Intergenerational Report: Older Australians and women need to be encouraged to work more
Australia’s prosperity is at risk of being put under increasing pressure over the next four decades unless Australians work longer and productivity is improved, according to a major report due to be released today.
The ABC understands the Intergenerational Report, looking at population and budget projections to 2055, also states that economic reform is “crucial” to improve living standards. The document will be released by Federal Treasurer Joe Hockey today. Like previous long-term forecasts, the report will predict that the proportion of working Australians will decline as the nation’s population ages. By 2054-2055, the workforce participation rate is expected to be 2.2 per cent lower than today at 62.4 per cent. While the report will state “it is fantastic Australians are living longer, healthier lives” it warns there is a risk to GDP and income growth unless the Government can grapple with these demographic changes. It will suggest those not in the workforce, in particular older Australians and women, need to be encouraged to get a employment, re-enter the workforce, or prolong their careers.
To do that, the report will advocate policies to improve the accessibility of childcare, more flexible working conditions and the removal of discrimination. Australia currently trails Canada and New Zealand in terms of total workplace participation, though gains have been made in recent decades. For example, the report will show the number of working Australians aged 55 to 64 increased by roughly 18 per cent between 1978-1979 and 2013-2014. Also, the number of women in work has increased by 20 per cent since 1974-1975.
The Government is likely to use the Intergenerational Report to make the case for politically difficult policy changes in the next budget. The document will say reforms “to improve productivity will be crucial to achieve the growth in living standards” and wages. It will show average income levels have risen from about $40,500 in the early 1990s to about $66,400 today. “For every hour that is worked, Australians today produce twice as many goods and services per hour of work than they did in the early 1970s … It is no coincidence average incomes have almost doubled,” the report is expected to say. Assistant Treasurer Josh Frydenberg said the “landmark report” was a vital addition to complex national policy debates. “The detail it describes … will help the public understand the context for the Government’s economic decision making over the years ahead,” Mr Frydenberg said.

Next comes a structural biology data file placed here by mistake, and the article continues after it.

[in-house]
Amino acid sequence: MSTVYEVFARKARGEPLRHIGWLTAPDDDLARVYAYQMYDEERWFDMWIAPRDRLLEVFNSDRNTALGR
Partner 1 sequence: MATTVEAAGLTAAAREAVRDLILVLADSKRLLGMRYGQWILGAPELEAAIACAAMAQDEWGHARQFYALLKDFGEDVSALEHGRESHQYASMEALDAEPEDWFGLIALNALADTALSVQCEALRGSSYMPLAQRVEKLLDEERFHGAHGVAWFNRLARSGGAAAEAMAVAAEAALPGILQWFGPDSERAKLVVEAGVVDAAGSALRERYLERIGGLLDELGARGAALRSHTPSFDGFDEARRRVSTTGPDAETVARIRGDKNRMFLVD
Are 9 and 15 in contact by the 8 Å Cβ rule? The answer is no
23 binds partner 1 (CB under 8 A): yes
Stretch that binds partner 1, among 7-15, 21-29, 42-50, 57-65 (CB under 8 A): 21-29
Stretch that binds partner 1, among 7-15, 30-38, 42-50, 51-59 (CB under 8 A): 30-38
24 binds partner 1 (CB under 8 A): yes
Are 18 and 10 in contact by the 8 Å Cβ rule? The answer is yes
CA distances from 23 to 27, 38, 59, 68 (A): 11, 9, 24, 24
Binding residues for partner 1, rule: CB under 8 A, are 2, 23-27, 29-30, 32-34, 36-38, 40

Labor and Greens wary of politicisation
The Intergenerational Report will also point out that the Government needs to ensure spending is sustainable. It will contain three forecasts of the nation’s cash deficit in 2054-2055. Under the policies of the Labor Government, the report suggests the cash deficit would be 12 per cent of GDP. But under the policies the Abbott Government has managed to pass so far, it forecasts a deficit of half that, or roughly $266.7 billion in today’s dollars.
This should be an independent report and I am worried it will be used to justify savage cuts in the budget.Greens Senator Richard Di Natale
Also, under the policies the Abbott Government has proposed but not passed, it forecasts a surplus from 2019-2020. The Opposition says it is wary the Government is manipulating the report to try to justify its “unfair budget”. “This Treasurer has manipulated the timing of the release, he’s manipulating the content,” Shadow Treasurer Chris Bowen said. “We know that he hasn’t accepted the Department of Immigration’s advice about what the population figures in the report should be and he’s now bringing down a chapter on the Labor Party, it appears.” The Greens plan to refer the report to a Senate committee, to scrutinise its underlying assumptions and forecasts. “So far the discussion we are hearing around the Intergenerational Report seems to indicate we’ve arrived at a conclusion before we’ve even looked at the issue in detail,” Greens Senator Richard Di Natale said. “This should be an independent report and I am worried it will be used to justify savage cuts in the budget,” he said. Source: abc.net.au
449 total views, 1 today